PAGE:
With the Farmer’s Almanac predicting the coldest periods will be in Late December- mid January, you don’t have much time to prepare your home for the harsh Winter. Taking care of the little things will make a big difference for your home and save costly repairs and aggravation later. Below is a list items to check and work on.
1: Prep the Plumbing
Drain the water from your outdoor faucets and garden hoses along with any in-ground sprinkler pipes. Store the garden hoses inside. Look for any pipes that are prone to freezing in the house and consider using heat tape to keep them warm during extremely cold weather. Knowing how to turn off the water at the source will minimize leaking when or if a pipe bursts.
2: Clean Out the Gutters and Downspouts
Leaves, if left, will clog gutters and downspouts and can form ice dams that prevent your drainage systems from working properly. This can lead to water penetrating into your home, which can lead to all sorts of issues and extra energy costs. Save yourself the hassle by simply cleaning your gutters and downspouts now. Test for blockage or misalignments that could also cause water damage by running water through the gutters.
3: Get your fireplace ready. Be sure to have the chimney inspected and cleaned by a professional before the first frost. Also, have a professional perform a routine check of the heating systems before cold weather arrives. This should include vacuuming the vents and other heating components. If your furnace has a filter, check to see if it needs replacing.
4:Keep the Outside Air Out and the Inside Air In
The majority of savings will come from ensuring there are no air leaks in your home. Warm air will escape out of any cracks and can make your heating system work harder and cost you more to heat your home. Use caulk/sealant to clog openings between doorframes and weather stripping to seal components that move, like windows. Don't overlook the basement. If doorstops are worn, replace them. If any pipes or ducts travel through an exterior wall, be sure to use caulking and weather-stripping around all entry points. These steps will block any potential entry points for cold air.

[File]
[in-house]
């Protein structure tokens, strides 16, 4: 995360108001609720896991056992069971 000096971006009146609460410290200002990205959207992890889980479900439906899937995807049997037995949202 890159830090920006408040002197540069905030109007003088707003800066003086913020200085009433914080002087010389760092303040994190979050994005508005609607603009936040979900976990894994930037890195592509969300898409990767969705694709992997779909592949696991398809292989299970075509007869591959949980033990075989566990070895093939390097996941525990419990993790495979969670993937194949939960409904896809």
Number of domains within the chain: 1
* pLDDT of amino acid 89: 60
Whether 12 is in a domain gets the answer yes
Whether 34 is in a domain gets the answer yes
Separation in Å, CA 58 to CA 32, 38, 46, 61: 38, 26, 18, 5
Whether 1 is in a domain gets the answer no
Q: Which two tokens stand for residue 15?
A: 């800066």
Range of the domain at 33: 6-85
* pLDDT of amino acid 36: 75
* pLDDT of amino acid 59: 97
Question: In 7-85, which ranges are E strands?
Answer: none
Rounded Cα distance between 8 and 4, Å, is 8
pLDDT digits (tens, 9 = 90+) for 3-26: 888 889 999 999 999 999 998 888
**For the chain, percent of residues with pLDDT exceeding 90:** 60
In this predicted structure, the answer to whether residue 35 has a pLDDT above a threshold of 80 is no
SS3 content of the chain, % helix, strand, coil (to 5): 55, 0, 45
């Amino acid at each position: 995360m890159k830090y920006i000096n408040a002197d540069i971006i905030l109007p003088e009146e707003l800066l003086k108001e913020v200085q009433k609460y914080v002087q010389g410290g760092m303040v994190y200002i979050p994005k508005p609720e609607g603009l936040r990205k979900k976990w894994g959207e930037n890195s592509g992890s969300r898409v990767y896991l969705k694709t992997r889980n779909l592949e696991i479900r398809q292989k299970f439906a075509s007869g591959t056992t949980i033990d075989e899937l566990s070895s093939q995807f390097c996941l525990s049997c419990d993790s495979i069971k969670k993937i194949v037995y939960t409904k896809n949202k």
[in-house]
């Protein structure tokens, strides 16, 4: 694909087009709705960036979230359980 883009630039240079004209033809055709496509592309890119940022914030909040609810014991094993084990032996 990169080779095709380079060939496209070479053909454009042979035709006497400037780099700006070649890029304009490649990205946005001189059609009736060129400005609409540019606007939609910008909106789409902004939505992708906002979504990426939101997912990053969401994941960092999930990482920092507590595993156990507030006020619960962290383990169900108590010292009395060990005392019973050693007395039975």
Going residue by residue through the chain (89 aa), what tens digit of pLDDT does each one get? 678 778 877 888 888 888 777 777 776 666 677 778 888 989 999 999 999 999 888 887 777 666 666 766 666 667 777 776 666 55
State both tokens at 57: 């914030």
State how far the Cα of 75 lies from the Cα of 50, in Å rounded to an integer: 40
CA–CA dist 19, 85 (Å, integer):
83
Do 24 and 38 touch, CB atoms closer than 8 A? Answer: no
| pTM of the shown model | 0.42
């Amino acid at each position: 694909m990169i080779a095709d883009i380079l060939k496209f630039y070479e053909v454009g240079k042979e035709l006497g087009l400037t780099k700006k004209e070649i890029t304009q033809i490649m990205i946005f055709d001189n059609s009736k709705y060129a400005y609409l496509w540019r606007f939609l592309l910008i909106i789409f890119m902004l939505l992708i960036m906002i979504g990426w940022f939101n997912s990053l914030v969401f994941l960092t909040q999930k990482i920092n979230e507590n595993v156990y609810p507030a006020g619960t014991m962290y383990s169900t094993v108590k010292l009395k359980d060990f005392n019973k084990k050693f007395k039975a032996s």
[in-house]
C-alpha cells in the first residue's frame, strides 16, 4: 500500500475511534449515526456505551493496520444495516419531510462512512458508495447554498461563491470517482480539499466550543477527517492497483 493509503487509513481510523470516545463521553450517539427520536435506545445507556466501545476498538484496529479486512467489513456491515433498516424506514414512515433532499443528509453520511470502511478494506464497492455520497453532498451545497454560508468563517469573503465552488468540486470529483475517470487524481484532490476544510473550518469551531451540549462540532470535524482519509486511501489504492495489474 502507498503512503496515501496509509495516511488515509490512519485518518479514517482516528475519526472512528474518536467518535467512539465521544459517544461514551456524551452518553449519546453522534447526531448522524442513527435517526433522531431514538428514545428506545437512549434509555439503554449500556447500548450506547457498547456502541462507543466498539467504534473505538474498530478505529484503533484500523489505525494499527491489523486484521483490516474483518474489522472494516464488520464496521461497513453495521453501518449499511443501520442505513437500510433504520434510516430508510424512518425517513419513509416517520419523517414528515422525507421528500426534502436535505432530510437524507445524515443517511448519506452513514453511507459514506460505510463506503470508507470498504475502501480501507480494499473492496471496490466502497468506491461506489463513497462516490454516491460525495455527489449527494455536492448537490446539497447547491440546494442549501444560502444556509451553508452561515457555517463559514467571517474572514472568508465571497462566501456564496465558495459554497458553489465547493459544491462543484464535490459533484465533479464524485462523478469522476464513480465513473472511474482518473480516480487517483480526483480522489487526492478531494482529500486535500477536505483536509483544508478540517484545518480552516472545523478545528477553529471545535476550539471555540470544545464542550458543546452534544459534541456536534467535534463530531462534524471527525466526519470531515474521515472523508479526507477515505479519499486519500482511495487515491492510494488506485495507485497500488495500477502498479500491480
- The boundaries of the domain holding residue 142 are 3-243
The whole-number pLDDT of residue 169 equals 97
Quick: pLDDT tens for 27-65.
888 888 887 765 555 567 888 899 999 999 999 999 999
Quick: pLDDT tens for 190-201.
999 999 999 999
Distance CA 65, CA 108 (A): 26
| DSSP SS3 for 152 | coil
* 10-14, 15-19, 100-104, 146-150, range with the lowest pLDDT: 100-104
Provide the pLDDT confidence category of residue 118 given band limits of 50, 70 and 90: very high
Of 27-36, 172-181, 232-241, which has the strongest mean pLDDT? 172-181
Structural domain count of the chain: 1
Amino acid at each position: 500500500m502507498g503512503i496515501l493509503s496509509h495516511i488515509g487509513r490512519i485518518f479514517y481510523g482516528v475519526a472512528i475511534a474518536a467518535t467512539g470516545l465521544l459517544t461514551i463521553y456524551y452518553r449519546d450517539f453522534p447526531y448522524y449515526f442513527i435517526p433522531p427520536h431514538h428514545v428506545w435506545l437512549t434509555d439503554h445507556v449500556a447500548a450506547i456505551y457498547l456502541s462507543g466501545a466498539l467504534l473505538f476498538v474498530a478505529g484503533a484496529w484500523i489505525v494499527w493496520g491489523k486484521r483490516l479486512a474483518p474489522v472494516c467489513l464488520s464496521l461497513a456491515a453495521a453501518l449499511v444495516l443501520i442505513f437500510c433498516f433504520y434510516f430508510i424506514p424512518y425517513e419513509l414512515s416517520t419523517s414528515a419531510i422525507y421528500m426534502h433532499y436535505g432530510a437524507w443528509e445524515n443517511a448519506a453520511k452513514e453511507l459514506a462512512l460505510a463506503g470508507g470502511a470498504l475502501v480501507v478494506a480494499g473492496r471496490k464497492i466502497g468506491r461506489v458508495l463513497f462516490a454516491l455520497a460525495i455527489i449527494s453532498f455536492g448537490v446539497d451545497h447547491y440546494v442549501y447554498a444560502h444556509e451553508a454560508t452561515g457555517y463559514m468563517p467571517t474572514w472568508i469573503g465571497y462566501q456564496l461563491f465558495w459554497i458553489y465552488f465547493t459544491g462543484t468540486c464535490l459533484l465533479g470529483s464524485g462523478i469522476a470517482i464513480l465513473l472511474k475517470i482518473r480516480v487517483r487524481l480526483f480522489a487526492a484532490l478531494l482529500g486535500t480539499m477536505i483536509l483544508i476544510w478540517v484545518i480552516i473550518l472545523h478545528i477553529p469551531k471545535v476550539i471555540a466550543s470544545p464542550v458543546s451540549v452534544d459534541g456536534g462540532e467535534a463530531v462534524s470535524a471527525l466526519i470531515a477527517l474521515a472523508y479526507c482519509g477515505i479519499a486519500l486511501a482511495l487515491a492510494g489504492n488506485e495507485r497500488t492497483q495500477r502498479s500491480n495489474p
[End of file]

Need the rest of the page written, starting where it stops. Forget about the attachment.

5:TLC To Your Furnace
Before the cold weather descends and you must reluctantly switch the furnace on, give it some Tender Loving Care. Clean your furnace annually each Fall. Sediment build-up can cause your system to work less efficiently or potentially become a fire-hazard. Cleaning your system and getting it inspected will reduce the risks. Throughout the year, try to change your filter regularly; a dirty filter will decrease air flow and energy-efficiency. If your furnace is ready to be replaced, buy an energy-efficient model. It will save you money and energy each month and you get a tax break from Uncle Sam for having a energy-efficient furnace. Just as important is the humidifier, make sure it is in working condition. Your ducts are often times out of sight, out of mind, hidden away in the attic or basement, but homes with central heating can lose about 20% of the air that moves through the duct system. Make sure your ducts are in order by properly sealing and insulating them. Tightly sealed and insulated ducts can potentially reduce your annual energy.